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This eBook from the Gutenberg Project consists of approximately 92 pages of information about Late Lyrics and Earlier .

This bears his missives of life and death
      With quickening breath,
   On whom the rain comes down.

One watches for signals of wreck or war
      From the hill afar,
   On whom the rain comes down.

No care if he gain a shelter or none,
      Unhired moves one,
   On whom the rain comes down.

And another knows nought of its chilling fall
      Upon him at all,
   On whom the rain comes down.

October 1904.

MEDITATIONS ON A HOLIDAY (A NEW THEME TO AN OLD FOLK-JINGLE)

’Tis May morning,
All-adorning,
No cloud warning
   Of rain to-day. 
Where shall I go to,
Go to, go to? —
Can I say No to
   Lyonnesse-way?

Well—­what reason
Now at this season
Is there for treason
   To other shrines? 
Tristram is not there,
Isolt forgot there,
New eras blot there
   Sought-for signs!

Stratford-on-Avon —
Poesy-paven —
I’ll find a haven
   There, somehow! —
Nay—­I’m but caught of
Dreams long thought of,
The Swan knows nought of
   His Avon now!

What shall it be, then,
I go to see, then,
Under the plea, then,
   Of votary? 
I’ll go to Lakeland,
Lakeland, Lakeland,
Certainly Lakeland
   Let it be.

But—­why to that place,
That place, that place,
Such a hard come-at place
   Need I fare? 
When its bard cheers no more,
Loves no more, fears no more,
Sees no more, hears no more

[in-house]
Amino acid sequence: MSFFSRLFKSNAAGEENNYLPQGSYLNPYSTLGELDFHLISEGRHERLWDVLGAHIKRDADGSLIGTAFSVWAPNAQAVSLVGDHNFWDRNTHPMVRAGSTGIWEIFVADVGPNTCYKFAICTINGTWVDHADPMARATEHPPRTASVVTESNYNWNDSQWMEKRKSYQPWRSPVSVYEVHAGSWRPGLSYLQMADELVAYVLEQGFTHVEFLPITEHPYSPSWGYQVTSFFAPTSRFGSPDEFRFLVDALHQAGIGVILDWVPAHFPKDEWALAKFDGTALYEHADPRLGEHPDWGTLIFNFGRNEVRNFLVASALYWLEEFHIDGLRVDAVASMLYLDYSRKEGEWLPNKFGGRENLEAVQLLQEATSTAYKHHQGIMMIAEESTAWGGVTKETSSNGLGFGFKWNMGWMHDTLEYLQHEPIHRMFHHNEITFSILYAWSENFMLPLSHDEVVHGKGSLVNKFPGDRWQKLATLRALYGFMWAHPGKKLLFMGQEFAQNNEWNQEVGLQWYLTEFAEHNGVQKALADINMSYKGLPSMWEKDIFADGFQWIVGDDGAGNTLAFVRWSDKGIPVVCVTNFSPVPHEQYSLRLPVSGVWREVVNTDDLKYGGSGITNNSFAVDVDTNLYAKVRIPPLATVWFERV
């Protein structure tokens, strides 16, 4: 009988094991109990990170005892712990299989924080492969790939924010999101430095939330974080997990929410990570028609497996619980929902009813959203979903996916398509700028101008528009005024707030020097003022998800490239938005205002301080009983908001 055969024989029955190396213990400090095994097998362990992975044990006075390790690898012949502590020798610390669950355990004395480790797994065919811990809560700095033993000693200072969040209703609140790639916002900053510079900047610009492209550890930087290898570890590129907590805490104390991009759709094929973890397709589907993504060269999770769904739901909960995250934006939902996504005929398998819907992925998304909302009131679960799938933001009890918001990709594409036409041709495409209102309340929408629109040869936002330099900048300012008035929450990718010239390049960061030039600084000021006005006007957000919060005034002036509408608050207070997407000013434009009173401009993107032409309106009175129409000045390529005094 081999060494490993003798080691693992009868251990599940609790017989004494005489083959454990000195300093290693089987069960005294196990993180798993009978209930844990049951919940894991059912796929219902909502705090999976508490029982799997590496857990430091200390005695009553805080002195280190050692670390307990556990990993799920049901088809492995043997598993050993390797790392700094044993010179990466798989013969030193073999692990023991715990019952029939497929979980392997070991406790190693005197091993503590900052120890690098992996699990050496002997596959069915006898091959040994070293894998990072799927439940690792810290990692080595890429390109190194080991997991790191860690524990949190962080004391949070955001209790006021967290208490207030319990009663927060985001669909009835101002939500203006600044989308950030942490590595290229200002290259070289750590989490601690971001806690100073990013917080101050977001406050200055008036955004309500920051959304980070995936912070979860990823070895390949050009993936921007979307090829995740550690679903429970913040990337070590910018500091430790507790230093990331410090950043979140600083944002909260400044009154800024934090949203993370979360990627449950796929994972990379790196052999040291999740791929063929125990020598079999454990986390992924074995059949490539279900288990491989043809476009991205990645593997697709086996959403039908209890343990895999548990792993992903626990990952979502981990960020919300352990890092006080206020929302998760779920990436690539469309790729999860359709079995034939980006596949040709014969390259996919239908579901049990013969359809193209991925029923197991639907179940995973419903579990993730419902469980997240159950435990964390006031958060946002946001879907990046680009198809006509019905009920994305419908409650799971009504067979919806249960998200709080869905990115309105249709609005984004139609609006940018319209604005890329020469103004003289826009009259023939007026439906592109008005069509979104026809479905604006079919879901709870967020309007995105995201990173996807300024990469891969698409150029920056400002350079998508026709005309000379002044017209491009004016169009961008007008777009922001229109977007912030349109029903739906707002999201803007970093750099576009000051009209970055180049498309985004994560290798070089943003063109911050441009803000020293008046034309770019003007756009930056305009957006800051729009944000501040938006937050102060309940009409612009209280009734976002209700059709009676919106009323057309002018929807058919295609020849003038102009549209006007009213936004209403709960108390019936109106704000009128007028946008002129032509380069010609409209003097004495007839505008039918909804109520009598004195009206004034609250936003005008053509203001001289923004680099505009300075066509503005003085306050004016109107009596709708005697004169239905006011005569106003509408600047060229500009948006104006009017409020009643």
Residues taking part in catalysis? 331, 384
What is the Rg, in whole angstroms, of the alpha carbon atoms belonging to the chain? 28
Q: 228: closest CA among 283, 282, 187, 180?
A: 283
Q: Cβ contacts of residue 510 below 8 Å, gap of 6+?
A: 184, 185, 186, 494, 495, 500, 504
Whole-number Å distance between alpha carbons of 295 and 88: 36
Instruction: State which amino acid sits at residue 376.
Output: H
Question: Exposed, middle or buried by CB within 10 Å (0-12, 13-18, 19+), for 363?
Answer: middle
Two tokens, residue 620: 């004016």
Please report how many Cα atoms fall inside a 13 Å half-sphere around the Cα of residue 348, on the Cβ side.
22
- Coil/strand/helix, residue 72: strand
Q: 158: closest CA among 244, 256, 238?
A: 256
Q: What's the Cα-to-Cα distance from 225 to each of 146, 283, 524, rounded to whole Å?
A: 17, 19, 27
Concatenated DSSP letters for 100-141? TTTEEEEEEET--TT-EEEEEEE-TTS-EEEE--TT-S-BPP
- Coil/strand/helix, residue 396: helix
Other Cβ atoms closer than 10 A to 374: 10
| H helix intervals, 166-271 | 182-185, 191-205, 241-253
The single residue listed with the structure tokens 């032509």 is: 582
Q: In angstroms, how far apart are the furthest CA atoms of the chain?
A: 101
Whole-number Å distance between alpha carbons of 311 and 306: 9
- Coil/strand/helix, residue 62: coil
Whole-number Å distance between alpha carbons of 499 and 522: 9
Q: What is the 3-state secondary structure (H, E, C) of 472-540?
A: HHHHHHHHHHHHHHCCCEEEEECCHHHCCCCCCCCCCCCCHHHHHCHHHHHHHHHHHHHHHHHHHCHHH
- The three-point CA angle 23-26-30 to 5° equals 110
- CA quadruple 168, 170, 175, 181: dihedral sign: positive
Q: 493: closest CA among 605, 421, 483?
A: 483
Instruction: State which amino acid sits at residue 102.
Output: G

Anything there!

Ah, there is Scotland,
Burns’s Scotland,
And Waverley’s.  To what land
   Better can I hie? —
Yet—­if no whit now
Feel those of it now —
Care not a bit now
   For it—­why I?

I’ll seek a town street,
Aye, a brick-brown street,
Quite a tumbledown street,
   Drawing no eyes. 
For a Mary dwelt there,
And a Percy felt there
Heart of him melt there,
   A Claire likewise.

Why incline to that city,
Such a city, that city,
Now a mud-bespat city! —
   Care the lovers who
Now live and walk there,
Sit there and talk there,
Buy there, or hawk there,
   Or wed, or woo?

Laughters in a volley
Greet so fond a folly
As nursing melancholy
   In this and that spot,
Which, with most endeavour,
Those can visit never,
But for ever and ever
   Will now know not!

If, on lawns Elysian,
With a broadened vision
And a faint derision
   Conscious be they,
How they might reprove me
That these fancies move me,
Think they ill behoove me,
   Smile, and say: 

“What!—­our hoar old houses,
Where the past dead-drowses,
Nor a child nor spouse is
   Of our name at all? 
Such abodes to care for,
Inquire about and bear for,
And suffer wear and tear for —
   How weak of you and small!”

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